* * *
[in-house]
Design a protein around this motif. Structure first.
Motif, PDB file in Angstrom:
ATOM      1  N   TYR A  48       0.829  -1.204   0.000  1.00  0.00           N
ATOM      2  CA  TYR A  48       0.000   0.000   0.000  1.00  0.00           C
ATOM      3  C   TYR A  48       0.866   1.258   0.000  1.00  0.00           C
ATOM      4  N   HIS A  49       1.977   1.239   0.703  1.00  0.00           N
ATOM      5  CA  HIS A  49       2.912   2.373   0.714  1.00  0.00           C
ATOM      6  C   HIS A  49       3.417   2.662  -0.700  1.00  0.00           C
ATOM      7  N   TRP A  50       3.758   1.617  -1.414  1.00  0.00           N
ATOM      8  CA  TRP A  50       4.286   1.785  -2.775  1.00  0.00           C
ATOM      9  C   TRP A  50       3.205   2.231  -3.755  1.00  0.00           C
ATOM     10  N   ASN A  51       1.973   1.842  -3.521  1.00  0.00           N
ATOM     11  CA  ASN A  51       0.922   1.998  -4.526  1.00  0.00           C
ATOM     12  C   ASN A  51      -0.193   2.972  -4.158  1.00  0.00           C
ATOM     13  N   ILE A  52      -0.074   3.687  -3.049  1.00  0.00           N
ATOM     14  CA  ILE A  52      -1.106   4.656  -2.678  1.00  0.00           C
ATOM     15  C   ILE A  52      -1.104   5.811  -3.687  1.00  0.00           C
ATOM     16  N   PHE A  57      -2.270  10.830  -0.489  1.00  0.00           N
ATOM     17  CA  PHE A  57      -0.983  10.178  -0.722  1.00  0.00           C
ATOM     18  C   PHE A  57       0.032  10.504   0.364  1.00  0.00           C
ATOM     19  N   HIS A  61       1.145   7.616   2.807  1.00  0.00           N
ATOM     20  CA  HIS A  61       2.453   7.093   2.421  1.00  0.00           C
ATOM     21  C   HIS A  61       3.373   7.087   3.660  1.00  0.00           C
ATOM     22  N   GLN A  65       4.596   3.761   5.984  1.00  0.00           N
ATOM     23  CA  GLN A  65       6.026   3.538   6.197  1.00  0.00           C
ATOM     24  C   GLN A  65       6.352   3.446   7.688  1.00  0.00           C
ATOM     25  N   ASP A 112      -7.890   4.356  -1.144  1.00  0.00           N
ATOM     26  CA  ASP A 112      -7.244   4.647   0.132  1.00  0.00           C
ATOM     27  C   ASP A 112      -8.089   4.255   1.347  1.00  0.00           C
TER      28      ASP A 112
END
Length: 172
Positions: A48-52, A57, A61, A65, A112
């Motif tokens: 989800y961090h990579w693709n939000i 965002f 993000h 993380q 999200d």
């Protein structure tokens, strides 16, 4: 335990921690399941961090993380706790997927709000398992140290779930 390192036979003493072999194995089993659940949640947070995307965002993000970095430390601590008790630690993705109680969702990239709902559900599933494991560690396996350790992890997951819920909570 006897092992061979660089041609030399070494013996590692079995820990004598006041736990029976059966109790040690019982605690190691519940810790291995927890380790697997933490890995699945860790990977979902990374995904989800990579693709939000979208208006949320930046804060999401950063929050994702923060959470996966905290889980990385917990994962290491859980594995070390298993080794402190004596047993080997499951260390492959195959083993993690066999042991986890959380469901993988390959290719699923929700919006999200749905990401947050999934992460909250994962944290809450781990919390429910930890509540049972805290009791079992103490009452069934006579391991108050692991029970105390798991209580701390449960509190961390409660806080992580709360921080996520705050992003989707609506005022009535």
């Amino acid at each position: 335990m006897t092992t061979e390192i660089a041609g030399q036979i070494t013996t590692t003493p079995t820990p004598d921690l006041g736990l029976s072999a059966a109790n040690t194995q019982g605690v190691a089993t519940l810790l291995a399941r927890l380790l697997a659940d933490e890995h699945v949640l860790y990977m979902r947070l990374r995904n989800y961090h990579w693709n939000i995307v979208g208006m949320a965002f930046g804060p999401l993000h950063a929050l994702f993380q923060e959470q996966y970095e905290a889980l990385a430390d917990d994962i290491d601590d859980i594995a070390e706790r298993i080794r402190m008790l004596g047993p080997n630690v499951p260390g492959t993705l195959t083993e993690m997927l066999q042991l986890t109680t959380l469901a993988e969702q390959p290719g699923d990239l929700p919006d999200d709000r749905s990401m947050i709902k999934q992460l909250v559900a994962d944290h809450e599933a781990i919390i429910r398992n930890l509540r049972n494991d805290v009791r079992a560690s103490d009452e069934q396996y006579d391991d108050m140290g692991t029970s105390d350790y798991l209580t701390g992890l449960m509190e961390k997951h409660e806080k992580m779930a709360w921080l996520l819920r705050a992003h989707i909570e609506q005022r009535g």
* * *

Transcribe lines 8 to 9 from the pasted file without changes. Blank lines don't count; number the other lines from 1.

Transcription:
ATOM      5  CA  HIS A  49       2.912   2.373   0.714  1.00  0.00           C
ATOM      6  C   HIS A  49       3.417   2.662  -0.700  1.00  0.00           C